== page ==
Saturday, June 19, 2010

Biking the Capitol

I bike to work, and I run across huge flowing tracts of tourists, guys who look like they're prepared for the Tour de France, secret service SUVs tailgating each other across town, thousands of folding chairs piled on the mall, new traffic stops in new places every day, and occasionally fellow bikers who will chat as they pedal alongside.


I've been biking the ~6 miles each way for a couple of months now, and feel secure enough about the whole business to invest in a few bike accessories. Being pretty abysmal at any form of decision making, this is a slow process, but I'm heading in the right direction. My bike (a er, Raleigh SC30 (specs), approximately 10 years old by now, and dark green [my colour preferences don't change much]) has collected the following things I find
quite necessary to happy cycling:

-A water bottle holder (transferred from my previous bike), which is a bit of a tight fit between the bars of my "girl bike", but holds:

-A small 16 oz water bottle (BPA free, FWIW) from REI, which also comes into work with me and gets hourly refills from the water cooler. Yay hydration.

-A rack over the back wheel (loaned from a friend until I muster up one of my own) upon which I bungee my hulking "purse" which is really more of a satchel and is fairly unique at this point. (see photo). Someday, I might like real saddlebags (panniers) but then there's the issue of carrying something that's clearly a bike bag when I use my bike to go out places. Not terribly fashionable, but socially acceptable.

-Front and back lights, which strobe and are detachable. The back one conveniently clips onto other things, like a belt, or the back of my bag which covers the bracket the light normally sits in. I use at least the rear flasher on overcast days, and the front light going home in the evenings.

-I even went so far as to replace my old helmet, which I had gotten with the bike years ago. A friend who used to work in the REI bike shop told me they should be replaced every three years, and while this may in part be a marketing ploy, 10 years is probably quite enough. I'm self-conscious enough to feel a bit dweeby in a helmet, but heck, even I think the stylish-looking people who don't wear them are incredibly foolish.

-A bike lock (yoinked from a friend) that reaches both wheels and whatever I'm locking on to. I don't leave my bike anywhere sketchy, and most of the time it's right near a police perch, so I don't worry much. Nonetheless, I do want my bike to be there, so I lock it up all the time. It lives in my living room when I'm home, which is a bit awkward, but better than outside.

-I've had a little computer that keeps track of mileage, time and so forth as long as I've had the bike, and it's well worth it. There's nothing like assigning numbers to something to make it more fun! (or to impress coworkers with how far you ride each day)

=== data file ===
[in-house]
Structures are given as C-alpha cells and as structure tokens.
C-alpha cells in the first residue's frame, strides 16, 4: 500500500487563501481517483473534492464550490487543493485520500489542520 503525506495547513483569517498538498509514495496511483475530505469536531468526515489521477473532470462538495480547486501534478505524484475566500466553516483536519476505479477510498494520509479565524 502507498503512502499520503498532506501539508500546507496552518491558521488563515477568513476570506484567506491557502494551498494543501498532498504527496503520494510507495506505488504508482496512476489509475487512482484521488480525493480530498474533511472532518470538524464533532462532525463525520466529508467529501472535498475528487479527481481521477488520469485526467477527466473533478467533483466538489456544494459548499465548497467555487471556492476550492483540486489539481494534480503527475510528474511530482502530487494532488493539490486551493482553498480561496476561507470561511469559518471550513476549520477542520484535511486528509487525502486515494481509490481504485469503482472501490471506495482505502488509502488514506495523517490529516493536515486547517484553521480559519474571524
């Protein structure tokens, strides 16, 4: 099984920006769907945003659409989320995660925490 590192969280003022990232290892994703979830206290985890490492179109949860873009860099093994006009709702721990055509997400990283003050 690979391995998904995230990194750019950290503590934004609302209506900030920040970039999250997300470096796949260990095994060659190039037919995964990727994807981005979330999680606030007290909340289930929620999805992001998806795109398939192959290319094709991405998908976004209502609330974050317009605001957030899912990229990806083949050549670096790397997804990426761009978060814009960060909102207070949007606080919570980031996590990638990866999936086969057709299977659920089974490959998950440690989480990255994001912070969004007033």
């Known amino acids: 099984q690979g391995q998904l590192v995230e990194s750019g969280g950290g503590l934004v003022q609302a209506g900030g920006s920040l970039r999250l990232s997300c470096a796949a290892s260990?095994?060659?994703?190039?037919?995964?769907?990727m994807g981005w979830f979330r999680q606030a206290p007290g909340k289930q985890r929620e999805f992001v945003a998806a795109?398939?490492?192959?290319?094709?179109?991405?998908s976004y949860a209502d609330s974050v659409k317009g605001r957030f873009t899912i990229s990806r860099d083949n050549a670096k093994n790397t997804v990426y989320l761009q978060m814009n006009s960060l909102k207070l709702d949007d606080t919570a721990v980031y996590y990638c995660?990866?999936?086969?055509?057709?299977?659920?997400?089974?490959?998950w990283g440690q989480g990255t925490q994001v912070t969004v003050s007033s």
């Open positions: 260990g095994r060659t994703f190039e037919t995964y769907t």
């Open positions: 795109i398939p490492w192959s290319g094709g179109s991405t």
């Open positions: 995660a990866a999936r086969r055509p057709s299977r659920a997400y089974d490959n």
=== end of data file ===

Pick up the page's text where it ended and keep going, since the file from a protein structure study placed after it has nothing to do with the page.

-And just today I finally found an acceptable pair of shorts to wear. Most bike-specific shorts are rather expensive ($50+) and have schmancy wicking, padding, muscle-supporting technology, all of which is rather more than I really need. So I ended up at American Apparel getting some nice, plain cotton work out shorts.

Despite all the potential for looking like an idiot while biking, I actually feel wonderful about it. I'm not wrecking the environment, I'm getting a decent amount of exercise almost daily, and even if it doesn't make a huge impact on my body, I feel pretty good about myself physically. I don't even feel bad showing up damp and out of breath at work every morning (although I will need to find the shower in my building if I want to continue this summer). Bookending my day with half-hour bike rides makes the 8.5 hours of work more bearable (don't get me wrong here, I like my job, but it's a lot of sitting inside with no window).


View Biking to Georgetown loop in a larger map

<> So yesterday I rode from home to Georgetown, parked, shopped, discovered I had bike grease everywhere, biked the rest of the way across town to the National Gallery Sculpture Garden, listened to jazz until there got to be too many people and not enough picnic to offset the crowd, biked up to Young Chow, biked back down to the Botanic garden and listened to the Army band on the West Front, then biked back home just before dark.
A note for the future: biking at dusk bites because all the bugs come out and form clouds over the trail. ~15 miles, casually. < /brag >

2 comments:

  1. Your title, Biking the Capitol, is excellent. Don't mess with it.

    Your accound of your biking is also excellent. Keep it up.

    And thank you for a great Fathers' Day.

    Yr Pop

    ReplyDelete
  2. Happy trails! Thanks for making it possible to "tag along" on your ride.

    ReplyDelete